Hope Blog/Respect Your Illness

Respect Your Illness

Published by Adrienne Gurman at 12:41 AM under Acceptance | CBT | Coping | Depression |Health | nutrition | Recovery

I find it remarkable that although I’ve come to accept the fact that I have depression and all that comes with it, I still become frightened by how powerful this hardcore illness can be. Last week, I was forced to succumb to the violent strain of flu that’s been making its way across the country. The virus completely took over my physical being, the symptoms robbing me of sufficient sleep, nutrition and essential daily medications.  After a painful four days, when the bug was finally out of my system, the shock of my ghostly reflection in the mirror paled in comparison to the invisible heaviness and despair weighing me down on the inside.

This has happened to me several times in the past – getting hit with a depression after a bad cold, for example. So much of managing my mental health is based on routine, and when that gets shifted for whatever reason, in addition to the inability to digest food (and meds) and not sleep eight hours per night, it really messes me up. While it helps knowing why I currently feel so blah, I can’t simply snap my fingers and make it disappear. As much as I hate having depression, I can’t pretend it’s not there. I have to acknowledge it and respect it, just like the flu.

Time and experience has taught me to never underestimate how quickly depression can take control of my life. Sure, it would be easy to surrender. I won’t deny the temptation to withdraw, hide away, unplug and disappear. But I’ve done that before and it only makes it worse. While my eyes burn with familiar tears of sadness, I can feel my bodily strength returning slowly. It’s a bizarre dichotomy – mental and physical powers pulling me in opposite directions. Yet, if history has taught me anything, there’s no reason for me to think that I won’t get through this rough time. I’ve done it before and I shall do it again!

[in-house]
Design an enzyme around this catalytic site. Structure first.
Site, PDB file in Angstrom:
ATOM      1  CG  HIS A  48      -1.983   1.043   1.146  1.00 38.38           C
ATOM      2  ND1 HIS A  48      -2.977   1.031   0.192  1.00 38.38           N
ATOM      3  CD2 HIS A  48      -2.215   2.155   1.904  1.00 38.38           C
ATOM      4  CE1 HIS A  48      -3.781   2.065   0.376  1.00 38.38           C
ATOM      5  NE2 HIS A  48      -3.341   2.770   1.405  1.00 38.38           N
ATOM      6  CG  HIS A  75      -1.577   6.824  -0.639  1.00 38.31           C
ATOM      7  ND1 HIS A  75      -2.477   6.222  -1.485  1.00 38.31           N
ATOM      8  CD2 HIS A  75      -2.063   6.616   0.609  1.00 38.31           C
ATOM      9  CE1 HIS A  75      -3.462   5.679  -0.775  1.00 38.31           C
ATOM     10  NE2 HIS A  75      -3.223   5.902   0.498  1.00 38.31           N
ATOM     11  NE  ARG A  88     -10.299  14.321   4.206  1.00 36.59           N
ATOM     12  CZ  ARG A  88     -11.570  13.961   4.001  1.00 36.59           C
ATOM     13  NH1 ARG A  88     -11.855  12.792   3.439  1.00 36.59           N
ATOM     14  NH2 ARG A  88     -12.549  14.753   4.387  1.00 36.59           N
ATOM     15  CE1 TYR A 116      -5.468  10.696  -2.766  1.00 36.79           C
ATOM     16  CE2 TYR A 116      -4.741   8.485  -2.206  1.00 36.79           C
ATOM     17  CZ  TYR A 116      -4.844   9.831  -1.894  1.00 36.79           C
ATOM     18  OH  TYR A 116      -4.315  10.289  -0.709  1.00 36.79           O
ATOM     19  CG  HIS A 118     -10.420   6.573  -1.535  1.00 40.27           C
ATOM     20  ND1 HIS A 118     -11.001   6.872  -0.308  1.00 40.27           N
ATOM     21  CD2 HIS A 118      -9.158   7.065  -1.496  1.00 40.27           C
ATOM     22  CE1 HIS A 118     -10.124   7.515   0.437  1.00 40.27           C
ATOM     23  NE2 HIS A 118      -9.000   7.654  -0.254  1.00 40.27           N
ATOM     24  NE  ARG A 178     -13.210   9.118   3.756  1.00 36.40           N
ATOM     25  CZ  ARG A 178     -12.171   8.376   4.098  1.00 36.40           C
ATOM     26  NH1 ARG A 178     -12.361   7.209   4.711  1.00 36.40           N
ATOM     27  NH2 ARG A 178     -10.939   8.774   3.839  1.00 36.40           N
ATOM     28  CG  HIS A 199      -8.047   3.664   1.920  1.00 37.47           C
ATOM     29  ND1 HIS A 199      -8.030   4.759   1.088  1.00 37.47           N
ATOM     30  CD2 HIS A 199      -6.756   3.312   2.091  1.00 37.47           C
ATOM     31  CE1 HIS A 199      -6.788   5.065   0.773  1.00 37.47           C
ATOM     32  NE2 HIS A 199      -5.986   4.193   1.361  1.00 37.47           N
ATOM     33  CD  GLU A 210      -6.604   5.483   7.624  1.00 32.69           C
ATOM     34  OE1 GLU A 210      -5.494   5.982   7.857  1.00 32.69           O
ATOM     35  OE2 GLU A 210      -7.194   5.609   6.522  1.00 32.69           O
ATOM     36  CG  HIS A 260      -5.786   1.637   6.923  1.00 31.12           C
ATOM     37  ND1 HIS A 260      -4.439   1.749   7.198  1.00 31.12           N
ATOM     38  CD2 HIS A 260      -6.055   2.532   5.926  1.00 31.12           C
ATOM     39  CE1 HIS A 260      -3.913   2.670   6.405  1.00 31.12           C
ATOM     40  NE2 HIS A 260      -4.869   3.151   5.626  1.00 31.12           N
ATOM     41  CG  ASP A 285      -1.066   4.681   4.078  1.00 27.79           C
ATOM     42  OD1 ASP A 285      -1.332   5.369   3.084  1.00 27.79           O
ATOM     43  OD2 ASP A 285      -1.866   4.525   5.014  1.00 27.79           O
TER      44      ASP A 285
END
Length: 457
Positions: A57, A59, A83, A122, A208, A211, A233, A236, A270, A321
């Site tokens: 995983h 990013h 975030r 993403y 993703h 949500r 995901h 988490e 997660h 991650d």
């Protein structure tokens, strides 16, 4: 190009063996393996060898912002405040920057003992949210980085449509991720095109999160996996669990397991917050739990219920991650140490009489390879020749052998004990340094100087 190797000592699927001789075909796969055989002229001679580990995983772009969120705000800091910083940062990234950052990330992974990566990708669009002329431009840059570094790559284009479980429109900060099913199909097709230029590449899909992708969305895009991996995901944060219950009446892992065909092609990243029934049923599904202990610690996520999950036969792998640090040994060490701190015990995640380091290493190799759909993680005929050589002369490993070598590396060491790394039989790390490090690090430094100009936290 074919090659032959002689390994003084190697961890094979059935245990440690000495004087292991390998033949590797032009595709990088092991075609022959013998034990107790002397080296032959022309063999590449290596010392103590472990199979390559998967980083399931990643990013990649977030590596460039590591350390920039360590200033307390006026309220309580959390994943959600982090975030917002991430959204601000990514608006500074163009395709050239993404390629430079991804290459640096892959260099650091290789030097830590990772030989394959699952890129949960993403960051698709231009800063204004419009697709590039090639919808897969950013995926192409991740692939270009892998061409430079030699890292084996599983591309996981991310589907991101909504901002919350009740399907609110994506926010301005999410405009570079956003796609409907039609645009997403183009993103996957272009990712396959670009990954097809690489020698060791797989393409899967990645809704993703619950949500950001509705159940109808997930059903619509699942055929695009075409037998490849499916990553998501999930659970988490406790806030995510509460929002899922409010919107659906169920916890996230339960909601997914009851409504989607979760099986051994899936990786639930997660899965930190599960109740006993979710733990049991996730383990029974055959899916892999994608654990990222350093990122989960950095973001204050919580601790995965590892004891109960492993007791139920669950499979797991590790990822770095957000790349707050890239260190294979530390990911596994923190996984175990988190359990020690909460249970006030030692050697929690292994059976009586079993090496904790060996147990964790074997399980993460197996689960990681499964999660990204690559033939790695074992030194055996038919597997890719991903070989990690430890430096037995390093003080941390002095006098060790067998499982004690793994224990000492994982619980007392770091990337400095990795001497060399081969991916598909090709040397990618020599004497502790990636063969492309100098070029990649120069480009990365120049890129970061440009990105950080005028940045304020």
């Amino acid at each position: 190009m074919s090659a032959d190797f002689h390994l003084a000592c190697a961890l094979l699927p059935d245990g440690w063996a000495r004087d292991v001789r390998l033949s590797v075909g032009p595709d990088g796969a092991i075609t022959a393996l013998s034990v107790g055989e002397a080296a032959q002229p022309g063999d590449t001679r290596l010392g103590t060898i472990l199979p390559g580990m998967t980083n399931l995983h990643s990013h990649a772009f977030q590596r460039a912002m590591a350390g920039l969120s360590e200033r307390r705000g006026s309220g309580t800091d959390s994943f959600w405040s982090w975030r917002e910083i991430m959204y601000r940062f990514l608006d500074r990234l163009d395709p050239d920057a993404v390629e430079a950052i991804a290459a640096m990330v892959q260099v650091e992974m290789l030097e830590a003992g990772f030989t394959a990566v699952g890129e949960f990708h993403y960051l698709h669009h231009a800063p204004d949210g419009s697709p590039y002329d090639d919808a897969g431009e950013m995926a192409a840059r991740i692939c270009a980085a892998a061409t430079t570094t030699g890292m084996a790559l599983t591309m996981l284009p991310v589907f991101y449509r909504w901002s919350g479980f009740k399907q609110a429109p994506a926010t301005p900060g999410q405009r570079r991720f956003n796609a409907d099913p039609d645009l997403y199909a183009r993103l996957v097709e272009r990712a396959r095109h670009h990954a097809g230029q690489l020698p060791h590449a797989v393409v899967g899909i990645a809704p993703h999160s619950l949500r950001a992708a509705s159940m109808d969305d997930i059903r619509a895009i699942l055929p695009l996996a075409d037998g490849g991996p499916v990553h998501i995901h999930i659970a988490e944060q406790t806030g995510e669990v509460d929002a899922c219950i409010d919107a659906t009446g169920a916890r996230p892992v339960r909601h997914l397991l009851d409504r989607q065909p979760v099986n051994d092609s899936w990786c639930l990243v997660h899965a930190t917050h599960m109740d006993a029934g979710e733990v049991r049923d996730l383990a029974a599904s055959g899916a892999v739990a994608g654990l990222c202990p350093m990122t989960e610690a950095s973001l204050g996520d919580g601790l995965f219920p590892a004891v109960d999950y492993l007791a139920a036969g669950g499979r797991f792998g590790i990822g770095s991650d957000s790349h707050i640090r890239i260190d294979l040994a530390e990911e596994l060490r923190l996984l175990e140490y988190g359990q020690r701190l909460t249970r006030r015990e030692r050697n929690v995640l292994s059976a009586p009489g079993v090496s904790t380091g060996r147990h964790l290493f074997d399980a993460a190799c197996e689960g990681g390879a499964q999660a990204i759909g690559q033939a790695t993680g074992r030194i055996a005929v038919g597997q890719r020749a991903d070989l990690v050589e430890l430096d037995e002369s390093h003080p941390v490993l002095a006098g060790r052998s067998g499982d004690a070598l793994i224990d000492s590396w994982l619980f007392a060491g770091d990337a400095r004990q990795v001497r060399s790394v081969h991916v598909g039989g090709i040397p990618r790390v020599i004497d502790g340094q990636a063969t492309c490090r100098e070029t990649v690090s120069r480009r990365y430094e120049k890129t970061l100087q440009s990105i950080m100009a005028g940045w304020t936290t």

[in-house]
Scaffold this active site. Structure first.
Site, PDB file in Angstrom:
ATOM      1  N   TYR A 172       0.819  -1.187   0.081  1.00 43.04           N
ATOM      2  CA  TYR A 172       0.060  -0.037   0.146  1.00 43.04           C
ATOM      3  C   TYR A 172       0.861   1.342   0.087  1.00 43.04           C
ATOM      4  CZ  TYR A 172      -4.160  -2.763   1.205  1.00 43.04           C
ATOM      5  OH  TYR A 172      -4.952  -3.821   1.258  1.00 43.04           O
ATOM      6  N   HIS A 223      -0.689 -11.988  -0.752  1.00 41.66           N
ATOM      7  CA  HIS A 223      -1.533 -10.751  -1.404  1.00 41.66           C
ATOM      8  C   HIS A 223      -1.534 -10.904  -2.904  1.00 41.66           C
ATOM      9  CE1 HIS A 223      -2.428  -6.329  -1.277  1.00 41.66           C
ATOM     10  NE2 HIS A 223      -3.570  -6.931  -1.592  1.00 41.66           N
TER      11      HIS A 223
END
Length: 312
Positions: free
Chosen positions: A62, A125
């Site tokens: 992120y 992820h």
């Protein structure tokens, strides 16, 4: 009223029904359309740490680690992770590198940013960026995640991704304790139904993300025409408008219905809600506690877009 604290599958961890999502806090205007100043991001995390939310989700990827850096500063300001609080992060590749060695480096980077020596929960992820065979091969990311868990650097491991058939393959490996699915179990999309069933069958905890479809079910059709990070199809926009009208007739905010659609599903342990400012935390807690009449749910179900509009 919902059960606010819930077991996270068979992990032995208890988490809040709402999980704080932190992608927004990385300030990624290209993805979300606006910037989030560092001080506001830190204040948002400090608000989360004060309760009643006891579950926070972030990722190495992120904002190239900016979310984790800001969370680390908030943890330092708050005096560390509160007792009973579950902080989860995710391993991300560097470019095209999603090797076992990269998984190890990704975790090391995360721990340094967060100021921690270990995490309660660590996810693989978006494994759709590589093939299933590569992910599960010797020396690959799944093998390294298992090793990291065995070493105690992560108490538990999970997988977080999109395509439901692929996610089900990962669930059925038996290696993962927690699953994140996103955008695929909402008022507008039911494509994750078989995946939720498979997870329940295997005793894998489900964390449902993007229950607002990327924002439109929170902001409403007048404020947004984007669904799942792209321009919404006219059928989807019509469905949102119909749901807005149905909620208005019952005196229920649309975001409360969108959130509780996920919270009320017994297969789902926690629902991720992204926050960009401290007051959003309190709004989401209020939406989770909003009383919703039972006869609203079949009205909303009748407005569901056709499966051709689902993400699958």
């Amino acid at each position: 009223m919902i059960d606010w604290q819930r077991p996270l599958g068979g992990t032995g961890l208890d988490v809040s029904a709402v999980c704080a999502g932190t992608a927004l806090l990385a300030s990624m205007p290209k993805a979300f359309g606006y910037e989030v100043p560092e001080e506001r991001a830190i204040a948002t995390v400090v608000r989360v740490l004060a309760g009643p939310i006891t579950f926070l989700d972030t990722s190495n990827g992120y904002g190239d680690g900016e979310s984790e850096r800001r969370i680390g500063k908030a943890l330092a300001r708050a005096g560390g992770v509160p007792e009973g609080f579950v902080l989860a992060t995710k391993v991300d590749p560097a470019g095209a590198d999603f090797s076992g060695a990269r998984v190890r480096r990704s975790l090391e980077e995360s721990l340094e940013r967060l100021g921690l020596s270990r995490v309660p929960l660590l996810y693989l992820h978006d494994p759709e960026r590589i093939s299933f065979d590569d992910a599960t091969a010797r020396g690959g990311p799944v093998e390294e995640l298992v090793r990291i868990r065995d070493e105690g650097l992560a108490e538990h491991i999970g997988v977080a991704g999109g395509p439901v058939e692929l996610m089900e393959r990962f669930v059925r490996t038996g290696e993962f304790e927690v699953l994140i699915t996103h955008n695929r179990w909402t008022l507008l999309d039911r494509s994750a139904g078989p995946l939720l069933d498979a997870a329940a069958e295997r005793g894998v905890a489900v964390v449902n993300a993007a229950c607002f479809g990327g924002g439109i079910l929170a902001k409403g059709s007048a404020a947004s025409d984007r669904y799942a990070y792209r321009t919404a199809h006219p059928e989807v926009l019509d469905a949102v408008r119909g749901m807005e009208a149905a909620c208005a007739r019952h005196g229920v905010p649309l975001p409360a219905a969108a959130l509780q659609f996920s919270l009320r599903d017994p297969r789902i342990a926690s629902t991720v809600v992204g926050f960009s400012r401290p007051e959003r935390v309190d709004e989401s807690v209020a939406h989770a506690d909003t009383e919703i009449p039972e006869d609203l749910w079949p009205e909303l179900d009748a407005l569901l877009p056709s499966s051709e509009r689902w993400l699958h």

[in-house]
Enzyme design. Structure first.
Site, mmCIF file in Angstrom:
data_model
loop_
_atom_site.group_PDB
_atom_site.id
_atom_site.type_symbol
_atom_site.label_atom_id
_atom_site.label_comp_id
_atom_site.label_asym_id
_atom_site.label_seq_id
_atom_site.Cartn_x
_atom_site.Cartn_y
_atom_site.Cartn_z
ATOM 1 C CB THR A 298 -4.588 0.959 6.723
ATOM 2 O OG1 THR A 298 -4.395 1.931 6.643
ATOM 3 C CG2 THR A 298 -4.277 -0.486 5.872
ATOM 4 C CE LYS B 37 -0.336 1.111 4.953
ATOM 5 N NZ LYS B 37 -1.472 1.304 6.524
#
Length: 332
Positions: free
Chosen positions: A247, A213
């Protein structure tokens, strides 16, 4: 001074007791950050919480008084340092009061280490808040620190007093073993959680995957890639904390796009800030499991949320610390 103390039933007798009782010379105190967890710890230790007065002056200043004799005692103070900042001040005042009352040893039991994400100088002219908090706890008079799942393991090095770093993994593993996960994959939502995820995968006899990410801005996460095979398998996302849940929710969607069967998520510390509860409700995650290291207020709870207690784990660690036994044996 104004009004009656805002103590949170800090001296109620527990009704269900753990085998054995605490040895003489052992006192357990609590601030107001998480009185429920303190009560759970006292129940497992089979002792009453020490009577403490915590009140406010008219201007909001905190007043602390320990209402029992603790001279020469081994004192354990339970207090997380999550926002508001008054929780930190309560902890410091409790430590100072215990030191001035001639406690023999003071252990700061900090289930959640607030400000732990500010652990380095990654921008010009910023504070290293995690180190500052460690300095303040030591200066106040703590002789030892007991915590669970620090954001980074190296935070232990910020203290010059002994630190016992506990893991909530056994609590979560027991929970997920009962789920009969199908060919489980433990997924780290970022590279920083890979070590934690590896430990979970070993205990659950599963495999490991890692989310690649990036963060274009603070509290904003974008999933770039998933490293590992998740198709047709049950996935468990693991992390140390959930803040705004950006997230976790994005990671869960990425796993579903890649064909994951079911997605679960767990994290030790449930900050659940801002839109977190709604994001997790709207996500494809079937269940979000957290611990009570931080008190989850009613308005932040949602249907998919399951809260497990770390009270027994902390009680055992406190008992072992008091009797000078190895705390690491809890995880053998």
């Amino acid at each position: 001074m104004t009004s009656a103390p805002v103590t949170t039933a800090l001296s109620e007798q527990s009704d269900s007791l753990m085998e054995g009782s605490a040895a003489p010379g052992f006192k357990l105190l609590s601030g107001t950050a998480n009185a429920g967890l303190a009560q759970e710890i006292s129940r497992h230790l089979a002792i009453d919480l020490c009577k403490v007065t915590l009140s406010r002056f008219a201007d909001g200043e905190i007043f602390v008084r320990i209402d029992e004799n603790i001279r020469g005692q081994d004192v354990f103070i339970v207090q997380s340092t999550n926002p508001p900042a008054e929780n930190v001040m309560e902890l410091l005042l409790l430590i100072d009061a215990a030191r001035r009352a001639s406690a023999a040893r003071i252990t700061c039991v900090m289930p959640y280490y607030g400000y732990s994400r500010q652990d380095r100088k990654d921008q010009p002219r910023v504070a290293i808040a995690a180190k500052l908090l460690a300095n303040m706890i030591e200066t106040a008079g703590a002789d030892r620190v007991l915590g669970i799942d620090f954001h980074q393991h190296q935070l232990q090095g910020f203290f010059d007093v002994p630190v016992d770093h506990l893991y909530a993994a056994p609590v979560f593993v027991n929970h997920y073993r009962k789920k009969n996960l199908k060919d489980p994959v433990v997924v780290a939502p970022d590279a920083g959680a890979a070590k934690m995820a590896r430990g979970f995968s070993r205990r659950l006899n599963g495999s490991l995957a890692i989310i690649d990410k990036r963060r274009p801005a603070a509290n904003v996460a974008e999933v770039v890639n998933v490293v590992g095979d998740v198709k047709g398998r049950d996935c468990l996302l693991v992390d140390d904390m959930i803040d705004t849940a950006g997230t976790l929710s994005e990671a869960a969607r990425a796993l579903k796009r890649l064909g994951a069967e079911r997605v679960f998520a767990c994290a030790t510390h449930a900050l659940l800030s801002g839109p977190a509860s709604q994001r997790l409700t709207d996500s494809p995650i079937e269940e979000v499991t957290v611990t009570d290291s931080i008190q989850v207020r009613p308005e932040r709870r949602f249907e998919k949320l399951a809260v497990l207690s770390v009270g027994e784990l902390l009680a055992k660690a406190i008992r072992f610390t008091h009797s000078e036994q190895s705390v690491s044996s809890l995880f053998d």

The Effing Flu

I thought today would be my re-entrance into the world of the living. I’ve been off the grid, out of touch and out of sight (except for some online Scrabble here and there) since Sunday night when I got struck with this disgustingly nasty flu that’s been going around. There was no warning.  Not even one itty bitty symptom that might make me think I was about to get hit. It was a sudden attack of nauseau, queasiness, a pounding headache and piercing stomach cramps that decided to strike all at once.  I’m just grateful that I didn’t have anyone over for a Golden Globes party.  The last thing I would want or need is to get sick in front of a live audience.

My poor dog Anya seemed confused by my bizarre behavior. Usually when I’m watching television, I’m settled in my corner spot on the couch for hours at a time, with her cuddled next me. She curls up close enough so that one part of her warm furry body is in constant contact with my arm or leg –  even if she’s facing away from me. I know she was really annoyed that I couldn’t keep still and continually broke our attachment. Her eyes followed me like a ping-pong match as I paced back and forth across my living room, waiting for the next bout of “oh no, here it comes again” – as I scrambled out of her line of vision, hands cupped over my mouth.

I had every intention of getting back to my routine today – even though I didn’t sleep for more than 30 minutes last night, thanks to having the cold sweats and a fever. Right now, I’m feeling the wrath of the virus – my body is sore and riddled with muscle aches. Even my eye lashes hurt. My mood is foul. How is it possible that I’ve barely eaten a thing in four days, yet my clothes, stretchy loungewear, are tight on me? What the hell?? Ugh, there’s so much stuff that needs to get done – I’m staring at a pile of paperwork, and it’s making me anxious. It’ll have to wait. Clearly I’m in no shape to do much of anything today, especially since I’m a klutz even when I’m not sick.